2.5 billion people - that's 40% of the world's population - don't have somewhere safe, clean and hygienic to go to the loo. The human impact of this scandalous statistic is enormous: every minute three children under the age of five die from diseases linked to unclean water and poor sanitation. The good news is you can help change this by twinning your toilet.
For a donation of £60, you can twin a toilet at home, work or school with a latrine in a variety of countries overseas. But your donation does much more than build a toilet. The money is used by development agencies Tearfund and Cord to help families learn about hygiene and to improve the health of their communities. It's estimated for every £1 spent on water and sanitation, £8 is returned through saved time, increased productivity and reduced health costs.
When you twin your toilet, you will receive a certificate of your toilet's twin containing a photo, the latrine's location and exact GPS co-ordinates.
One World Centre Director Rosemary Clarke says, "One World Week, which runs from 19th-26th October, challenges us to consider some of the big global issues and find ways in which we can take positive action. The Toilet Twinning project is an excellent example of how, for just a relatively small amount of money and effort, you can really help make a difference and we felt it was a great project to support on the Isle of Man during One World Week."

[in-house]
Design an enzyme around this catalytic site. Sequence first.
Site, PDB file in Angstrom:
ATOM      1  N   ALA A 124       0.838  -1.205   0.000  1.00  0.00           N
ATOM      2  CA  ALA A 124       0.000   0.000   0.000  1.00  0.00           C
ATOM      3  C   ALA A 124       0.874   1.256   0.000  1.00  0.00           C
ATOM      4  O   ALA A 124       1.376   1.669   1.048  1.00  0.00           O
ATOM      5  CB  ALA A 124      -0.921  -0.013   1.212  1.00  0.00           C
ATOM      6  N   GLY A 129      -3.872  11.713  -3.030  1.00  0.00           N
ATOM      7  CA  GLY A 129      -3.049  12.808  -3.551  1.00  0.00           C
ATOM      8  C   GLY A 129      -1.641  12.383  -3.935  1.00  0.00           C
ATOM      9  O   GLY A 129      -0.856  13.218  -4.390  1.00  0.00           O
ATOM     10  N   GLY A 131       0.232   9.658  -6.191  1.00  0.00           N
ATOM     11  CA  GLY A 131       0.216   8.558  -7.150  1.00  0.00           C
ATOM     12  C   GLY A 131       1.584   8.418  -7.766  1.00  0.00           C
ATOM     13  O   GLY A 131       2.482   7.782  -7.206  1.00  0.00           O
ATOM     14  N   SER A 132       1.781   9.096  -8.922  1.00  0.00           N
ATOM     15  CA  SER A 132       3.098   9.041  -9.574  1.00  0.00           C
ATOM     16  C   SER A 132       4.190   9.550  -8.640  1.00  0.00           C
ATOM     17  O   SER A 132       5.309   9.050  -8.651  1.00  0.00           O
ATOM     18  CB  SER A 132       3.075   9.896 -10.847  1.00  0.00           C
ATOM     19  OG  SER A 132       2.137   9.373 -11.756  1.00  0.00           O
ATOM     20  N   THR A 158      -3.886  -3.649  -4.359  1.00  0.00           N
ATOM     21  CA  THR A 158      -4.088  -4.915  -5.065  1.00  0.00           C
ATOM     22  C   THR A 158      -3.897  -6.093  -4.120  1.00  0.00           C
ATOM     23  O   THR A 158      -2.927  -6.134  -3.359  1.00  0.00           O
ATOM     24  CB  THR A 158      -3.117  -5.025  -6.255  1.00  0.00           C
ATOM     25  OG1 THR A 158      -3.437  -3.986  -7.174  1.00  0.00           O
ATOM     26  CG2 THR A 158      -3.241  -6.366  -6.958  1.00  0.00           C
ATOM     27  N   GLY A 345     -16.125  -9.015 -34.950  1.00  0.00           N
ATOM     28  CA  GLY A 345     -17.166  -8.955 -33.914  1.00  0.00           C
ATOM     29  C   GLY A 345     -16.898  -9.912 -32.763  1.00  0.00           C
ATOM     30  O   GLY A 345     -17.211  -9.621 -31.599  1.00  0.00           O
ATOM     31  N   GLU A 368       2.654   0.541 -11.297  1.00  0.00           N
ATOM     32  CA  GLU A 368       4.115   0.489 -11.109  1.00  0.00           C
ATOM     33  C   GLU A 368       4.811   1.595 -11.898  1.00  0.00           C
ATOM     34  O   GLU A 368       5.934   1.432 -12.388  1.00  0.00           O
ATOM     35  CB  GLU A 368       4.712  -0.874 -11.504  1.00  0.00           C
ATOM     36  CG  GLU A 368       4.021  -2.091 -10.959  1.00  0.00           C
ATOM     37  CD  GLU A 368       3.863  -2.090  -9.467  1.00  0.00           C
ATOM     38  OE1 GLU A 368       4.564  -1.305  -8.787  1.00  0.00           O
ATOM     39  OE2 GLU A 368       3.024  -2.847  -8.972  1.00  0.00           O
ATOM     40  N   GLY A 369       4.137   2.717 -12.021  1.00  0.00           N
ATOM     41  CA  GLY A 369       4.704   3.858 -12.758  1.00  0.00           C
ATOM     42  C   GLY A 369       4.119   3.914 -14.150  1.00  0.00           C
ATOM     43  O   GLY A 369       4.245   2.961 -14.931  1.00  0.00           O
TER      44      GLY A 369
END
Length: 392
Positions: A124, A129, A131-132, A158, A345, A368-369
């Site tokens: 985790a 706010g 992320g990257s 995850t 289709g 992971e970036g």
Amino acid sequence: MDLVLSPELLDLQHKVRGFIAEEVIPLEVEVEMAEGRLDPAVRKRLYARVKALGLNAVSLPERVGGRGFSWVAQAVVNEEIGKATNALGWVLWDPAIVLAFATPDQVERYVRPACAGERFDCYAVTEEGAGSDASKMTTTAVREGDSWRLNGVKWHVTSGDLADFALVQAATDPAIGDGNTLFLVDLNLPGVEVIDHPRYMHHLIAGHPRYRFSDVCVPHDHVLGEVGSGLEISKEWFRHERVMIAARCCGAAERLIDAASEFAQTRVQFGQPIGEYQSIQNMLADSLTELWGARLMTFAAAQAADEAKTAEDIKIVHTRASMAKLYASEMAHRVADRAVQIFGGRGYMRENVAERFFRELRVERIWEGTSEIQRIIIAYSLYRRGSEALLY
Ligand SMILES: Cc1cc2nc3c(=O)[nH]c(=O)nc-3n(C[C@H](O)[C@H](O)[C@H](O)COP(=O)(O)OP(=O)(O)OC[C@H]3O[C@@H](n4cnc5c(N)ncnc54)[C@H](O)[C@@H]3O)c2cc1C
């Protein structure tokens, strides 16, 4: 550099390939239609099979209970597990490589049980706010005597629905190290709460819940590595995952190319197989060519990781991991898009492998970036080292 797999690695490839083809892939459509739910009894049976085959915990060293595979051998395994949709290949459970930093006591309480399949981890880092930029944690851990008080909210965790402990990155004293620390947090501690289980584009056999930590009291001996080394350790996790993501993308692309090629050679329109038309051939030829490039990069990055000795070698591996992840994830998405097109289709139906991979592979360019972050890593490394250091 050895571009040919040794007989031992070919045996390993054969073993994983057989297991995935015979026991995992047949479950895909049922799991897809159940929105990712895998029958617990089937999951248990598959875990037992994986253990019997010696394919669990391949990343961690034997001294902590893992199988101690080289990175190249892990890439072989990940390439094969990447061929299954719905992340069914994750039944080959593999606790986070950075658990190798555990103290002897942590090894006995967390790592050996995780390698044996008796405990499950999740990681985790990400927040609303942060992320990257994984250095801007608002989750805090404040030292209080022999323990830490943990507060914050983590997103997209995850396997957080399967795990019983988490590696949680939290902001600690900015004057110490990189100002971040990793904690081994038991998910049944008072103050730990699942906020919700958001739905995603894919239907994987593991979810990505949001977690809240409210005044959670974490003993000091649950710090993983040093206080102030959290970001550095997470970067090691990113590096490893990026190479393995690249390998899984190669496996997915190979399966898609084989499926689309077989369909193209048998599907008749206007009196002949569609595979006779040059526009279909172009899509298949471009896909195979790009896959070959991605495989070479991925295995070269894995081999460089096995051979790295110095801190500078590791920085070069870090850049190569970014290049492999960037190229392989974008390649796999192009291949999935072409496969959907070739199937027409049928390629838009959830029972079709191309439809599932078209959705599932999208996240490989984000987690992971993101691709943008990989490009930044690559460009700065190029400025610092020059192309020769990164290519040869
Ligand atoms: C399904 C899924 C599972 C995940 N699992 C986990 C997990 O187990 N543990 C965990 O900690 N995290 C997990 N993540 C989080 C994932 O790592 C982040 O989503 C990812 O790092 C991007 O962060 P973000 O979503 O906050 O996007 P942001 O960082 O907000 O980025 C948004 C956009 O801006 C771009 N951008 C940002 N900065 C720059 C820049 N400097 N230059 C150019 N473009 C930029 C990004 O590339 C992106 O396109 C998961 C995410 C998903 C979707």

Rosemary is offering free assemblies for schools about toilet twinning, but is hoping others will get involved too. "Toilet twinning would be a great initiative for people to organise in their workplace or through a social club, or even as a family at home. And if you're stuck for an idea for a Christmas gift for that friend or relative who has everything, a twinned toilet will surely be a present to remember!"
More information is available on the website which also includes an interactive map of where toilets have been twinned.
"At the moment there are only a couple of toilets on the Isle of Man that are already twinned," says Rosemary. "We'd love to see to a big increase in that number over the coming weeks."